When they are raised right, it can be rare for a llama to spit at a person. They are herd animals that are incredibly social though, and they will spit at each other as a method of disciplining llamas in the herd who have lower ranks. The social rank of a llama in a herd is never constant. They are always moving up or down the chain when they pick small fights. Typically, this will be done by the males as a way to determine dominance. When they do fight, it is visually dramatic. They will spit, ram other llamas with their chests, wrestle with their necks, and kick, mainly to knock their opponent off balance. When females spit, it is typically just a way for them to control other members of the herd.
Even though the social structure within a herd is constantly changing, they all live as a family unit and will take care of any member of the herd. If one of them hears a strange noise or feel as if they are being threatened, a warning bray will be sent out and the rest of the herd will be put on alert. Also, they frequently hum to other llamas as a way to communicate.
If you ever hear a llama going ‘mwa’ or making noises that sound like groans, typically, this is a sign of either anger or fear. When they are agitated, they will lay their ears back. You can often determine just how agitated they are by what is found in the spit – if you care to examine it. The more irritated a llama is, the farther back into its 3 compartments of the stomach it will reach for what it puts into its spit.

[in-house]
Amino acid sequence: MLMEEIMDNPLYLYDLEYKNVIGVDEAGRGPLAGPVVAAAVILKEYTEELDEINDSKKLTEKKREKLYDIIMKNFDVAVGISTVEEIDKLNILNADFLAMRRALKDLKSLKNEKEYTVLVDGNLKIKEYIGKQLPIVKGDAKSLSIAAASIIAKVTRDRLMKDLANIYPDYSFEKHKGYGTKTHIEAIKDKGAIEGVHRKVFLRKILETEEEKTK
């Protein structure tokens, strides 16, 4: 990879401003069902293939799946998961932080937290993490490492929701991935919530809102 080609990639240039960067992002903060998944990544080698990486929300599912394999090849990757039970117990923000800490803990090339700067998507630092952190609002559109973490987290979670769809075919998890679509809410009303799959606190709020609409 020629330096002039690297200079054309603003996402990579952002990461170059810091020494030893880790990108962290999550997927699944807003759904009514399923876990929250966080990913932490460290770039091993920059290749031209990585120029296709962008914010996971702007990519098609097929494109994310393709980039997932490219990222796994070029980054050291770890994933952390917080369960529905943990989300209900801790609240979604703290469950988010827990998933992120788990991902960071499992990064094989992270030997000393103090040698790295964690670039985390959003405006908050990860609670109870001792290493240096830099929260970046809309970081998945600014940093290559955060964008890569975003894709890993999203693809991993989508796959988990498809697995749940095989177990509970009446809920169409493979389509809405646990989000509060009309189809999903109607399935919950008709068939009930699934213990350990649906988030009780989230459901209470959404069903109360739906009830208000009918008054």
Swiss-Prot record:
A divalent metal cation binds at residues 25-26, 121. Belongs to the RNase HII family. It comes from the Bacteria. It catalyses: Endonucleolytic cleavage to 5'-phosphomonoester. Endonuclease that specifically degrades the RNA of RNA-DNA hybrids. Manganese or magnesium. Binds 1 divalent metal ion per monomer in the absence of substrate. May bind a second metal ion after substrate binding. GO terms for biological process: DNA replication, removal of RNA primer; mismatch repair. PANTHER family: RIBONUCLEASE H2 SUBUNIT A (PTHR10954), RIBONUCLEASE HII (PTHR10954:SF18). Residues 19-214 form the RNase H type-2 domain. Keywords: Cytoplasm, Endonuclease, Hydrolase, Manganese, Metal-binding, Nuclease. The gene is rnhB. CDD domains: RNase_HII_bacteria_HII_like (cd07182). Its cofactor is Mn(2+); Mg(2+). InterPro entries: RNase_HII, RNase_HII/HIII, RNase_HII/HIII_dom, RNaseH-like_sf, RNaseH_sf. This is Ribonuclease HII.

The ‘orgle’ is the mating sound that an alpaca or llama will make. Typically, it will be by a sexually aroused grown male. The sound will be akin to gargling, but will have more of a forceful, buzzing to it. Males will begin to make this sound when they get aroused all the way until they finish with the sexual action. This can be as little as 15 minutes to as long as an hour.
The care and feeding of a llama are really quite simple. Llamas, by nature, are quite hardy and their options for feeding are seemingly unlimited. They can thrive on quite a few natural grasses, along with some fresh water and not much more than that. They are easy to feed when compared with the more frequently seen types of livestock. When it comes to feeding, here are a few tips.
Provide a fresh clean supply of hay for them. This is unless you will be keeping them in a pasture where they will have unlimited access to quite a lot of grasses. Try not to feed them seeds and grains unless it is a female who is either lactating or pregnant. Llamas tend to eat about 12 pounds of hay on a daily basis, or as much as 4% of their total body weight.
Ensure that the animals have access to plenty of fresh water each day. They might not drink as much as other species of livestock, but if you want them at peak health, they will need an unlimited supply.
Try not to feed your llama too much. Llamas are just one of quite a few animals that will gorge themselves if the food is there for them to do so.
Supplement the diet of your llama with a mineral or salt block. Look for pelleted or free choice mineral supplements instead of larger blocks. This is because a llama doesn’t have the ability to lick. These mineral blocks should contain salt, phosphorus, calcium, and selenium.
Add corn to the diet of your llama, especially during the colder months. This will assist them with maintaining their energy levels when the weather is colder.
This might seem to be a bit silly, but you need to make sure that your llama is healthy. What does that have to do with grooming? Well, there isn’t any amount of grooming that can be done that will make them shine if they aren’t healthy. Feed your animal a diet that is nutritious and make sure that they have good care. Grooming from the inside like this will do much to make them look good on the outside. The grooming of a llama is quite critical, and it can also be a fantastic opportunity for you and the animal to bond. Here are a few grooming tips.